The Messenger- 4 stars- I knew to expect an emotional journey with this film, I just didn't expect it to hit me the way that it did. Oren Moverman's first feature is about the war in Iraq except it isn't. It's about the soldiers who fight, except it isn't. It's about love and loss and fear and redemption. Woody Harrelson (with well deserved Academy Award and Golden Globe nominations) and Ben Foster (what can't he do?) are soldiers tasked with notifying families when their loved one has been killed in action. Foster, himself seriously injured in action, is off balance and damaged; trying to find the solace needed to carry out this task. Harrelson, on the other hand, has been doing this a long time and seems un-phased by what goes on around him. The chemistry between these two actors is palpable. They fall into these characters rather than play them. The film has been seen as "anti-war" but I don't see that. It is simply a side of war we don't get to see and would rather not think about. A wonderful documentary with real notification officers and effected families is a real gut wrencher.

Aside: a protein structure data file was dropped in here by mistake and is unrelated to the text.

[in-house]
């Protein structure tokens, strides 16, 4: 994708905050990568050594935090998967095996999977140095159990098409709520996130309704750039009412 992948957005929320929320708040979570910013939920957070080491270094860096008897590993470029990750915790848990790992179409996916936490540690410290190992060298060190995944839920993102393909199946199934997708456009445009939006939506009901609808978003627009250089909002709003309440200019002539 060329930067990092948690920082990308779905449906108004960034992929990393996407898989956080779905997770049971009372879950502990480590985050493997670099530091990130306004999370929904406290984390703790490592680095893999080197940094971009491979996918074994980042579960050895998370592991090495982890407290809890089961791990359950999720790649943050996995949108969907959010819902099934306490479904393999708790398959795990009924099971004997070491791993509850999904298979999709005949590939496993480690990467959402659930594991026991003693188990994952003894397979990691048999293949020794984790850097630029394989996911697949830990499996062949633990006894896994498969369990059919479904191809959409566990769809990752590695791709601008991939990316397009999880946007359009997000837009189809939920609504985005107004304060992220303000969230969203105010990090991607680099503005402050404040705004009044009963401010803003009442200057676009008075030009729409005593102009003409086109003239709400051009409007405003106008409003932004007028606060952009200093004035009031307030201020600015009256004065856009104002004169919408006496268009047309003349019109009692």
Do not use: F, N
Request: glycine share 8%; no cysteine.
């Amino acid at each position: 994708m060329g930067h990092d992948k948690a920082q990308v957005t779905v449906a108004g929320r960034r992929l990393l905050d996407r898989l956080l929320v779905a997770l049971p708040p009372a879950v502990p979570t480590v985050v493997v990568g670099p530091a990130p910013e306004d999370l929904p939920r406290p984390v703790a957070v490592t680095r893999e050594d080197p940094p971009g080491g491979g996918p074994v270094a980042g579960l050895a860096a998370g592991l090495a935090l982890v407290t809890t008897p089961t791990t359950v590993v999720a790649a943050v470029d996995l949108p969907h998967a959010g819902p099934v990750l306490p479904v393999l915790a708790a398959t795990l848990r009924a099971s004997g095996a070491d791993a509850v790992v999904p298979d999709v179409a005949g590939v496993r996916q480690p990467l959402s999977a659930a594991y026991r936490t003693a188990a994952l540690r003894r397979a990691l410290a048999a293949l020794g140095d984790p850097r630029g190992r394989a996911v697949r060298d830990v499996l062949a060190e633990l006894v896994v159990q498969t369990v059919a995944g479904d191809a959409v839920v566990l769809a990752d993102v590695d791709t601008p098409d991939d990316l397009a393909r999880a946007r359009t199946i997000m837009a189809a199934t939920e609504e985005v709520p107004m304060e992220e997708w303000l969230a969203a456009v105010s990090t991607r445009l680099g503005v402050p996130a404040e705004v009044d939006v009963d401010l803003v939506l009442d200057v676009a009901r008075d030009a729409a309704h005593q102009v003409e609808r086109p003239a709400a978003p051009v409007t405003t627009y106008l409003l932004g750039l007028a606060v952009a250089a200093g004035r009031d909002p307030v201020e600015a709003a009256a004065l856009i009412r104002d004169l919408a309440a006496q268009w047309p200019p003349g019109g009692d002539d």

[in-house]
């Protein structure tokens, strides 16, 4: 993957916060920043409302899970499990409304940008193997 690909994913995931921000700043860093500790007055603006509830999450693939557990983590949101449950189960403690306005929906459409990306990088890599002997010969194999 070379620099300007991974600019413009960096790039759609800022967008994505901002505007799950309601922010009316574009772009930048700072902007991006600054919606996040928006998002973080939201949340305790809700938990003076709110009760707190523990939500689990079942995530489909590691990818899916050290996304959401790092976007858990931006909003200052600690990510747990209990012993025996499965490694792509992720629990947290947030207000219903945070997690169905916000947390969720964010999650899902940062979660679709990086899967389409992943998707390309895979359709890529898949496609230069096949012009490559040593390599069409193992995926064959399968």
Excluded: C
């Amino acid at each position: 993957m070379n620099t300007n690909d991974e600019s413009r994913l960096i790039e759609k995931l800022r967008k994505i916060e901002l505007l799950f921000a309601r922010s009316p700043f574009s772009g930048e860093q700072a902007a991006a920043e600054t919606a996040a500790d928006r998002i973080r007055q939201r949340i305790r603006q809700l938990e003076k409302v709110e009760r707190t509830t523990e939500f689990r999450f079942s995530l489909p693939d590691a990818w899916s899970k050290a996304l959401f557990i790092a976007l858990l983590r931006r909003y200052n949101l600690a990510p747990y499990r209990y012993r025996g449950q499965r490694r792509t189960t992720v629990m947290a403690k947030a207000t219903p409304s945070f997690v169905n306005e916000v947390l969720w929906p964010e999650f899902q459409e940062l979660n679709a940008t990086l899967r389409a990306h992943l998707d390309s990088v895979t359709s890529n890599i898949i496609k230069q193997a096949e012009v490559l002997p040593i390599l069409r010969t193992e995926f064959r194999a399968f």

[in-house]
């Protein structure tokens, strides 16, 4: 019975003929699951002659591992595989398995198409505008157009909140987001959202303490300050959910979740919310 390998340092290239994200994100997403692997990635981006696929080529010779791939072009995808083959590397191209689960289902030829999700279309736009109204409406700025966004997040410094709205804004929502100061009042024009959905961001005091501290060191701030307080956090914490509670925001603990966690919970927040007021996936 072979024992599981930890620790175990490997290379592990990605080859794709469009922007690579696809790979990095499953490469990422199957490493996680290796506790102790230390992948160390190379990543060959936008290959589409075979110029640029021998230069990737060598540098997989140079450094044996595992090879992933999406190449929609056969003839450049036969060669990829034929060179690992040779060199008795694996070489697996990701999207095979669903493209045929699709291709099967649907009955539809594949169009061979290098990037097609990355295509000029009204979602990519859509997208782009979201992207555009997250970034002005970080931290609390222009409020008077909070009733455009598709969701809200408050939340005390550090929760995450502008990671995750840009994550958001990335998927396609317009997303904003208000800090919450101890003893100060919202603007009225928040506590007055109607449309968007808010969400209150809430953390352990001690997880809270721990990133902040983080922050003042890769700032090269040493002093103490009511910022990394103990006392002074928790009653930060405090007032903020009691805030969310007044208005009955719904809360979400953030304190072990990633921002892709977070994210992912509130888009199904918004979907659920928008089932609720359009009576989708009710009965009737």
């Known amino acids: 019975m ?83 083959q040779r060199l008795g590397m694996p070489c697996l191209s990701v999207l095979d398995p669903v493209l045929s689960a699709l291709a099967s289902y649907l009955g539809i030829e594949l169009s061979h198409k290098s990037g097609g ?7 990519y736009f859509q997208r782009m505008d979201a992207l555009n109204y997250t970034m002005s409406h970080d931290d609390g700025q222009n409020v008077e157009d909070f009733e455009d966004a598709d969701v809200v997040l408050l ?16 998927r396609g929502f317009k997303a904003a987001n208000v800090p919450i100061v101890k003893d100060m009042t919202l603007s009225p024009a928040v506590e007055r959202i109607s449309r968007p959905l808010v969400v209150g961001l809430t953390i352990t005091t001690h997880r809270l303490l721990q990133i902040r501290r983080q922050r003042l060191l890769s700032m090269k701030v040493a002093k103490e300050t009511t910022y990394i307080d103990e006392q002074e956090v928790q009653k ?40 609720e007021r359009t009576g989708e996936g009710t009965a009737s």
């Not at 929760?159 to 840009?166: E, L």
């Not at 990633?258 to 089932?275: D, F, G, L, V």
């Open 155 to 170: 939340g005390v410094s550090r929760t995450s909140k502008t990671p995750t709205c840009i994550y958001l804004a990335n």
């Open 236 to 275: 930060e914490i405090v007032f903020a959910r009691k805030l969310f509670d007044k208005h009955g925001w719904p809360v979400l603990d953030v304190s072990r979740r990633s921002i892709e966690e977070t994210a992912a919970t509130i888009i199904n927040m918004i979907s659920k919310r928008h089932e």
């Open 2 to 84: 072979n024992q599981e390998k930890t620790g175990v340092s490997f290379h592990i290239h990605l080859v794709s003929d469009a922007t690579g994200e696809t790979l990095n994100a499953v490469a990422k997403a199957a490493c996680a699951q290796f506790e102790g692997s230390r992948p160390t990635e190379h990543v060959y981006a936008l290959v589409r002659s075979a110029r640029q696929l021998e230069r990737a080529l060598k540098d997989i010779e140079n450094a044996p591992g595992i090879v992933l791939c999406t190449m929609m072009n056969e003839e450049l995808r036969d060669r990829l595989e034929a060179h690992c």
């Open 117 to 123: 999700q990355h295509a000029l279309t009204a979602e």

Ordinary People- 5 stars- I keep forgetting if I've seen this movie, and always remember about half way through that I have. For me, that's a plus. It's almost impossible for me to re-watch most movies so the fact that I can do so with this one makes me like it even more. Winner for Best Picture, Best Director (Robert Redford) and Best Supporting Actor (then newcomer Timothy Hutton); it is a classic that should be on everyone's must watch list. If you a parent who either wasn't one in 1980 when it came out or had just had a kid, I suggest you watch this movie again. If you have ever been a disaffected youth, watch this movie. If you have ever suffered great loss (and it's been adequate time to recover), watch this movie. The Jarrett clan seems impossibly put together, which of course they are not. The youngest, Hutton, has recently been released from the hospital following a suicide attempt. His mother, Mary Tyler Moore, has no idea how to communicate with anyone especially her wounded son. Donald Sutherland is the father trying to hold the clan together. Sporadic intercuts of the past punctuate the narrative giving us a glimpse into what happened in the past to dishevel this perfect suburban family. The acting and writing are sublime. The direction and cinematography is a bit dated, but not in an obnoxious way. I kept thinking the whole time, "Why did I never have a shrink as awesome as Judd Hirsch?!"